Musicality – Alabama Shakes, The Avener, Anne Steele, Fifty Shades of Grey

Alabama Shakes
Sound & Color
(ATO/Maple/Rough Trade)
A fusion of rock, blues, and soul, Alabama Shakes’ sophomore album will breathe life into you. It hits you right at the core and reminds you how music can be such a powerful motivator. Sometimes it just sounds and feels right. The vocals stand out, and fans of Alabama Shakes’ radio singles will love the album. My favorite song, “Don’t Wanna Fight,” blends ’70s-style high vocals over an alternative rhythm, which worked surprisingly well. Another good track, “Shoegaze,” is a celebration of all that is considered alternative music. Every so often, some funk and punk influences pop up in fun songs like “The Greatest.” The only complaint I have is that the album ended far before I was ready. Other good songs on the album are “Future People” and “Sound & Color.”
The Avener
EP
(Casablanca/Republic Records)
I’m immediately a fan. The addictive beats that grace this EP will thump their way into your heart. The electronic style isn’t over the top with unnecessary sounds. My favorite song is “Let Myself Go (featuring Ane Brun).” It’s thick drums and smooth bass melody layered into a welcoming blend and further brightened by complex, delicate guitar and wonderfully haunting vocals. Oddly enough, The Avener pairs perfectly with Alabama Shakes, though this is a bit more heavy with the bass drum. The EP features a variety of remixes of the song “Fade Out Lines,” the Avener’s debut single. I love the original, but the Alle Farben Remix is really good. I can’t wait to see what this artist comes out with next.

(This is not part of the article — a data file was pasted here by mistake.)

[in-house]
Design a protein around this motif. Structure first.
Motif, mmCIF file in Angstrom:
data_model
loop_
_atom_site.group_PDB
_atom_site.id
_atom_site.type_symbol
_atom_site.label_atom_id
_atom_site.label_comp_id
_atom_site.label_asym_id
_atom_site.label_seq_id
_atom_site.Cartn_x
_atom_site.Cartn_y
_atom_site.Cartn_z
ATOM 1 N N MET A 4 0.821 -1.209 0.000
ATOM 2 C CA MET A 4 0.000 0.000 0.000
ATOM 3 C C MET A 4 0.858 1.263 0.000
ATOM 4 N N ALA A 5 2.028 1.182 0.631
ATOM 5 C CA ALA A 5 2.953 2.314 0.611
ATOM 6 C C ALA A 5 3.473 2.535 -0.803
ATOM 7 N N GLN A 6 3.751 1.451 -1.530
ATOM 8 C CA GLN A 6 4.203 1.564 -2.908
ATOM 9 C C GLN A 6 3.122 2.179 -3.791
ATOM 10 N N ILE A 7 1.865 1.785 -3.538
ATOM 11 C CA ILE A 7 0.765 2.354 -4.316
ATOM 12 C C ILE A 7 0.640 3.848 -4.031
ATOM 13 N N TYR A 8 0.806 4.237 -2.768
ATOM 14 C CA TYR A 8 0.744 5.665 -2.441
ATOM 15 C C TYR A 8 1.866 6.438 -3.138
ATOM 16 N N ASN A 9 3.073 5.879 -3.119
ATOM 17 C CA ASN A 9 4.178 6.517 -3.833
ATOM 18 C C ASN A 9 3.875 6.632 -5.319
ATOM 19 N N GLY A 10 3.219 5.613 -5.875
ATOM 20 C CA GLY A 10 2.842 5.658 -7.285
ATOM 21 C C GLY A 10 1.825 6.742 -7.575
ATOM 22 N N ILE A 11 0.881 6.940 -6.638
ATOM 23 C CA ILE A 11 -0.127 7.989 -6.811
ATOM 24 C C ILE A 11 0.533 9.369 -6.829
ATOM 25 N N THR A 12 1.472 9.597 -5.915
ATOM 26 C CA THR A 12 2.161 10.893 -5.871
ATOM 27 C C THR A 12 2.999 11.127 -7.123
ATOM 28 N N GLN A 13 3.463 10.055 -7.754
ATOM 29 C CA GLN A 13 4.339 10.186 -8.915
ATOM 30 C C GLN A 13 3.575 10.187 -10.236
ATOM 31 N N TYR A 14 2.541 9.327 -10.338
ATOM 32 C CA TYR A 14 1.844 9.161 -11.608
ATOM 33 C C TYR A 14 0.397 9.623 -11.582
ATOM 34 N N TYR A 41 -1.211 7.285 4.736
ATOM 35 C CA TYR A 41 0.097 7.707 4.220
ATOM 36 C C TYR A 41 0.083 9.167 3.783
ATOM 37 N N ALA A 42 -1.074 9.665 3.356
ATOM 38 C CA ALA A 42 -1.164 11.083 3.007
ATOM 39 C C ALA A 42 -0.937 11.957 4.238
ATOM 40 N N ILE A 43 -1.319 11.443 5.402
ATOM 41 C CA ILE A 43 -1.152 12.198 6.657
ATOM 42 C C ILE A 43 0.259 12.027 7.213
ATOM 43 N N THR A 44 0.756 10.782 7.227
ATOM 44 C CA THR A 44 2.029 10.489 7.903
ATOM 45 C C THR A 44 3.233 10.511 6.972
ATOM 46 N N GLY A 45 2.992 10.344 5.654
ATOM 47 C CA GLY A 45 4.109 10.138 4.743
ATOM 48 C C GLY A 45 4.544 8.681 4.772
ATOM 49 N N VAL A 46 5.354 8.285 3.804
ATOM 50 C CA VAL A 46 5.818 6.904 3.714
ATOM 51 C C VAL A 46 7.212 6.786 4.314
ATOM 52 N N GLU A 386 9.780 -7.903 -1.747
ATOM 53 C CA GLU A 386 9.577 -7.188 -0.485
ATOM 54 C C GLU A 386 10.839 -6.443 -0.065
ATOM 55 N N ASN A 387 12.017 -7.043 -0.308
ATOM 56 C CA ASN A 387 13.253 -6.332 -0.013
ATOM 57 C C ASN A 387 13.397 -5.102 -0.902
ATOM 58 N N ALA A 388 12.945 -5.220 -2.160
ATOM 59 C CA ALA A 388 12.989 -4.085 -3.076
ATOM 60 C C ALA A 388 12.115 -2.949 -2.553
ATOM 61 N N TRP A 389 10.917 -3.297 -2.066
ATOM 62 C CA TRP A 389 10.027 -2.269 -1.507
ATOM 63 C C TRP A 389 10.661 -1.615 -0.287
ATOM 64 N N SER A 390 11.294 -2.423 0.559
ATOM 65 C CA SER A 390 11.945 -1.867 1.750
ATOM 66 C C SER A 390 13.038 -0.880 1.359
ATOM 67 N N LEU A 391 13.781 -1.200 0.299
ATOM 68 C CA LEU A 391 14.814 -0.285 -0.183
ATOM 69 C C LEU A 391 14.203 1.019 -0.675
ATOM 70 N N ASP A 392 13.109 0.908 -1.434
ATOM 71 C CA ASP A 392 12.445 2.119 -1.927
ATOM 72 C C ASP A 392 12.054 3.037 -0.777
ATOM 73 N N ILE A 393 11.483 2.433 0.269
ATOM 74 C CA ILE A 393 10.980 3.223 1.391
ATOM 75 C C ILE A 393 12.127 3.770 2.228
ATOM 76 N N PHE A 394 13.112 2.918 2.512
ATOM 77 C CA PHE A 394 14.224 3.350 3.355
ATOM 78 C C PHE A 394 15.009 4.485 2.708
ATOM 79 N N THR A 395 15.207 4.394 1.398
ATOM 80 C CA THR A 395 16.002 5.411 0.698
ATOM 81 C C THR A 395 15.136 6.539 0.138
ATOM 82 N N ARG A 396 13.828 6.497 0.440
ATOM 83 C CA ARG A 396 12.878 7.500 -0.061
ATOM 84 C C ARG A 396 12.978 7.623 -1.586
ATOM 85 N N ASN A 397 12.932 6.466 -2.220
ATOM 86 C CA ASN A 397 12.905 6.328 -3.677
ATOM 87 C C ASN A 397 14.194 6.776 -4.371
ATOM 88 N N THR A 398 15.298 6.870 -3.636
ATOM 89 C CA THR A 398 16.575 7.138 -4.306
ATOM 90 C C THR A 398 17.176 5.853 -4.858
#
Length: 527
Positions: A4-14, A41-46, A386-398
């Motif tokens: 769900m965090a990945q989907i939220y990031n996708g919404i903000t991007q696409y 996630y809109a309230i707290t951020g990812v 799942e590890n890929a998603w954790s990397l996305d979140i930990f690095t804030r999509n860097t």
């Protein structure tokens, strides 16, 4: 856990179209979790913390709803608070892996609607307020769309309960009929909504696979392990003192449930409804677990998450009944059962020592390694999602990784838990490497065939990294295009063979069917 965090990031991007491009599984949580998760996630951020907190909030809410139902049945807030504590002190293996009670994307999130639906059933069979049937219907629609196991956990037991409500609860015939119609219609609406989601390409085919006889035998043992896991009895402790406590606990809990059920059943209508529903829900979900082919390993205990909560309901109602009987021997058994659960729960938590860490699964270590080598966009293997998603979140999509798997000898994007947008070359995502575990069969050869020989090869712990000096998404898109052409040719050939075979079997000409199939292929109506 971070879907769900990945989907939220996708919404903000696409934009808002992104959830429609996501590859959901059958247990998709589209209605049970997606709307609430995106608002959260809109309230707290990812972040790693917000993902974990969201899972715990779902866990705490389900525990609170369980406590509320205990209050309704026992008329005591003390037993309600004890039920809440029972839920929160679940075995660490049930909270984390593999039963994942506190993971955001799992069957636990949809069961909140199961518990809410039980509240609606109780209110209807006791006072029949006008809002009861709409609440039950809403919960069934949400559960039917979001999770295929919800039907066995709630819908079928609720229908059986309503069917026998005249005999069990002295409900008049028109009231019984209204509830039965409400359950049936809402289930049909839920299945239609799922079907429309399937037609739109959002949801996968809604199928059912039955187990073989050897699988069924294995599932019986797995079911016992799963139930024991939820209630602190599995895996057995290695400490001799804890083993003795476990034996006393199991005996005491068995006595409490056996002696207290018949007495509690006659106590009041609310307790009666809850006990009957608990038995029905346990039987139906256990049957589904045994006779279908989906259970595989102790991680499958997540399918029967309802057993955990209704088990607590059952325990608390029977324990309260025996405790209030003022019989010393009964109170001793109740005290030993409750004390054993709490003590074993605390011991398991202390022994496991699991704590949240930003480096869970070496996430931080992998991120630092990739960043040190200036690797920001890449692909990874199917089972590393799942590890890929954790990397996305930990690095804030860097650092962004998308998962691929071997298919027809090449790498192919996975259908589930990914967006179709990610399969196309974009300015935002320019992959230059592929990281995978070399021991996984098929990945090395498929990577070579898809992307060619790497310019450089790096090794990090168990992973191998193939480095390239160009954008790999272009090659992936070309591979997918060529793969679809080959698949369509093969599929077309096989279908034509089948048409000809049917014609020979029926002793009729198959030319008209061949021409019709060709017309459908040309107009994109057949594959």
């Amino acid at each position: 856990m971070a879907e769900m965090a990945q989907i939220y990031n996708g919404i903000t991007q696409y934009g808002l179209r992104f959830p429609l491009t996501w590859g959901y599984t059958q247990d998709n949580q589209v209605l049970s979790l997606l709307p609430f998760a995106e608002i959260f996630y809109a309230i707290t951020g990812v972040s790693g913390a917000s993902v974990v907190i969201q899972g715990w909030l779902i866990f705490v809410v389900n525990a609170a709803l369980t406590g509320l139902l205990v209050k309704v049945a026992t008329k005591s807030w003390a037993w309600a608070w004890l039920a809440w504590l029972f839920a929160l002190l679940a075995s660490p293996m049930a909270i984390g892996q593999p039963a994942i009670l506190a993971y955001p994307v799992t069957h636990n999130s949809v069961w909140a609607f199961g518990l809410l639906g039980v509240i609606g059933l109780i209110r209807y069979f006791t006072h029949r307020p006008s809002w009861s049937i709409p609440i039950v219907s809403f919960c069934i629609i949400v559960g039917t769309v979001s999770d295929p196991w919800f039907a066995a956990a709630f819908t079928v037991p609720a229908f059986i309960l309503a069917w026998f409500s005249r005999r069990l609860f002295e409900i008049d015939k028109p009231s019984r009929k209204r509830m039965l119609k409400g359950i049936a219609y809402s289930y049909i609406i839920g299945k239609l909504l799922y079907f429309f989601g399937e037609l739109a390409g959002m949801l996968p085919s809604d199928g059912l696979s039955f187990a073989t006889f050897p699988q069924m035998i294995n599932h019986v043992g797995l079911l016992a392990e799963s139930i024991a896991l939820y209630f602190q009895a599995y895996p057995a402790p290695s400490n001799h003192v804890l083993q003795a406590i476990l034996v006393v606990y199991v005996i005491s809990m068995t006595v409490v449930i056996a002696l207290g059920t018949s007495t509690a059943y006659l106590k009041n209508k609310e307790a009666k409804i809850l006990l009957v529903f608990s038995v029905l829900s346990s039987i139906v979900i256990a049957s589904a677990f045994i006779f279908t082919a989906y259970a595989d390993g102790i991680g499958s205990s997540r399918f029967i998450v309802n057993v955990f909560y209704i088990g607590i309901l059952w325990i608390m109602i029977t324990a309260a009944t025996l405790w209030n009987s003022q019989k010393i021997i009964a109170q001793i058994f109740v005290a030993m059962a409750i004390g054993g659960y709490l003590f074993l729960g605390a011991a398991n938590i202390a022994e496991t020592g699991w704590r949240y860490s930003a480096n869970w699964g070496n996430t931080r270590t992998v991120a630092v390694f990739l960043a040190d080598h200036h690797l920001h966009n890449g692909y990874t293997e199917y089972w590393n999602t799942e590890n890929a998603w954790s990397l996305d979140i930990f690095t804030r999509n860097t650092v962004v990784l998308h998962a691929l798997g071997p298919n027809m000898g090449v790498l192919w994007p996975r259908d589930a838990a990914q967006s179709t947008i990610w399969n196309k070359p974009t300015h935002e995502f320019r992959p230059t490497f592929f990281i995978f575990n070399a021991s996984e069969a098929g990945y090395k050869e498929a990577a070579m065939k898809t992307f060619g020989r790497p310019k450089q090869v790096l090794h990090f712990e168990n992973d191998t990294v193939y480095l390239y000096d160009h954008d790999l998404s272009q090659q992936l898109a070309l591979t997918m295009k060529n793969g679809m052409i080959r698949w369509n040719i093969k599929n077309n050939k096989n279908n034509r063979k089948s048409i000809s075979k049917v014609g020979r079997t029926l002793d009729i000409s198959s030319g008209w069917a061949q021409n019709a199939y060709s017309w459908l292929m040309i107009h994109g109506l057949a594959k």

Anne Steele
What’s Mine EP
(Steele Records)
At the beginning, I was a bit torn about this one. I was not a big fan of the three pop songs that make up the first half. Though I know there was talent there, I just didn’t quite feel it. The songs have a catchy flair, but they didn’t do enough to grab my attention. I’m lucky that I didn’t stop there, because the last three songs redeemed the EP. I really enjoyed “Without You Tonight,” because it has a healthy pop bounce and catchy piano hook. The vocals are well-highlighted, reminding me a bit of the pop star Pink. Another good track, slightly more serious, is “Don’t Tell Us How to Love.” It is paced well and appropriately dramatic. Don’t let the lackluster beginning of this EP fool you. Definitely check these songs out.

Fifty Shades of Grey
(movie soundtrack)
(Republic)
Fifty Shades of Grey is a bad movie with a decent soundtrack. The movie has some enjoyable bits here and there, and not necessary the naked ones. But sexual politics of the movie aside, the soundtrack is good and star-studded, including such performers as Beyoncé, Rolling Stones, and popular composer Danny Elfman. I never pictured those particular artists being on the same compilation album — there is a bit of everything. Annie Lennox’s classic “I Put a Spell on You,” was a great song to start with. Normally I’m a fan of Ellie Goulding, but “Love Me Like You Do,” her latest single featured here, is a miss for me. My favorite songs are the ones featuring Beyoncé or Danny Elfman.

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